Terra Nil Review

Terra Nil

Terra Nil is a relaxing environmentalist development game that fits closer to puzzle titles rather than the city builder genre.

Players will be building numerous structures to turn a barren wasteland into a beautiful landscape of forests, rivers, and animals. The game is less about managing resources with development, and more of planning out your moves to work through the growth of each biome.

Understanding what Terra Nil is, and more importantly what it isn’t, is tantamount of getting an enjoyable experience. But even if one approaches with the right mindset, is it still an engaging title? Find out in our review!

Terra Nil
Developer: Free Lives Games
Publisher: Devolver Digital
Platforms: PC (Reviewed), Android, and iOS.
Release Date: March 28, 2023
Players: 1
Price: $24.99 USD

Terra Nil bills itself as a “reverse city builder.” Instead of building up a village, town, or major city – players will focus on rebuilding nature as if untouched by humanity. Though despite the marketing term, most levels do not involve taking away former human structures.

Nor is there a story in Terra Nil. There is no explanation as to why the world became such a barren wasteland, nor who your character is. The player character apparently has the means of high tech mechanisms capable of terraforming the world back to its original state.

Lack of story aside, the game prefers to spend its focus on creating a relaxing experience for the player. Music is calm to instill a sense of zen and the ambient sounds of nature take center stage. You’ll hear the water flow and thunder storm to fully immerse you into the experience.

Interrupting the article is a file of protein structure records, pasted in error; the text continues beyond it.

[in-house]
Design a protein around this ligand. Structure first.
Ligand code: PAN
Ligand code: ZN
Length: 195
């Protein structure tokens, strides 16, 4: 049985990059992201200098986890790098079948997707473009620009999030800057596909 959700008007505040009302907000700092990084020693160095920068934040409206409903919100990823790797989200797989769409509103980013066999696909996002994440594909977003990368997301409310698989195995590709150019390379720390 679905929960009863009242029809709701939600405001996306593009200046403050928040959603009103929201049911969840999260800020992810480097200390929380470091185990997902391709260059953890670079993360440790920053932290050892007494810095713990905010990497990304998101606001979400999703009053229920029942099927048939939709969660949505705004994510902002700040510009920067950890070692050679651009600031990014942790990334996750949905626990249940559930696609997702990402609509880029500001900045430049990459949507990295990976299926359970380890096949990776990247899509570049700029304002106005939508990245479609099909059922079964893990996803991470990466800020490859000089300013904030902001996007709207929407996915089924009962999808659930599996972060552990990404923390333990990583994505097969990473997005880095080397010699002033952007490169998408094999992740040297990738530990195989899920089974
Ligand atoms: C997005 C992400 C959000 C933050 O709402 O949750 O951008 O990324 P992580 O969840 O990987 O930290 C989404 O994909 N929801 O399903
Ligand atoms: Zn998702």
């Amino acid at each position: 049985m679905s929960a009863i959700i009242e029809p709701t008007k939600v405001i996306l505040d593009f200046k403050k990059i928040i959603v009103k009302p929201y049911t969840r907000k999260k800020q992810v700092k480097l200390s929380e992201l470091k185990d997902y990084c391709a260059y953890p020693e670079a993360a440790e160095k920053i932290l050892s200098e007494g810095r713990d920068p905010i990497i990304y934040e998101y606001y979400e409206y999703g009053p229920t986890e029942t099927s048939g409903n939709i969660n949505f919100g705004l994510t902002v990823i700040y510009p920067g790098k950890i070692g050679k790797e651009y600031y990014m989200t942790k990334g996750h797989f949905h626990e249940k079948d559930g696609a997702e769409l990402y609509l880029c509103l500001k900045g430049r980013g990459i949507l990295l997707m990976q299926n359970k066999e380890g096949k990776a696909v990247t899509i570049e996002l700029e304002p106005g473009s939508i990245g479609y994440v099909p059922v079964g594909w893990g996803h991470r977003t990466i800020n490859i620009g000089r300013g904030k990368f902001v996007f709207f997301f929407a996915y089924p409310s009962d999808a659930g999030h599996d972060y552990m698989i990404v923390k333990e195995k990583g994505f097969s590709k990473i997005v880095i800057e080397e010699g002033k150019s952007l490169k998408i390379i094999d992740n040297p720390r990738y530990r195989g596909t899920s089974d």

Graphically, Terra Nil gets the job done. There’s solid contrast between the barren land versus the growth of nature as you progress in each stage. Fires burn bright, leaving behind pitch black ashes to regrow new plants and each variation of bodies of water from oceans to lagoons are distinct from one another.

The presentation comes together to provide something laid back for players looking for a game to relax, rather than more tantalizing titles tend to do. This naturally follows through in the core gameplay loop.

During each of Terra Nil’s stages, there will be a list of things to do in order to take the barren land into something more habitable for nature. They all follow the same design with “greening up the space”, introducing a variety of flora, then capping it off with finding animals and recycling your buildings.

Where this game differs from many city builders and leans closer to a puzzle game comes from the resource management and the order in which buildings are created. You’ll be extremely limited in the beginning of each stage, trying to strike a balance between expanding your reach and ensuring the land begins to grow life.

At the same time, where you place buildings will be of utmost importance in the long term. Once they’re placed, removing them is no trivial task. You actually can’t, in most levels, remove them until you reach the final phase of a stage. When you do, you need to create a plan which allows you to remove every single thing you’ve built in order to complete the level.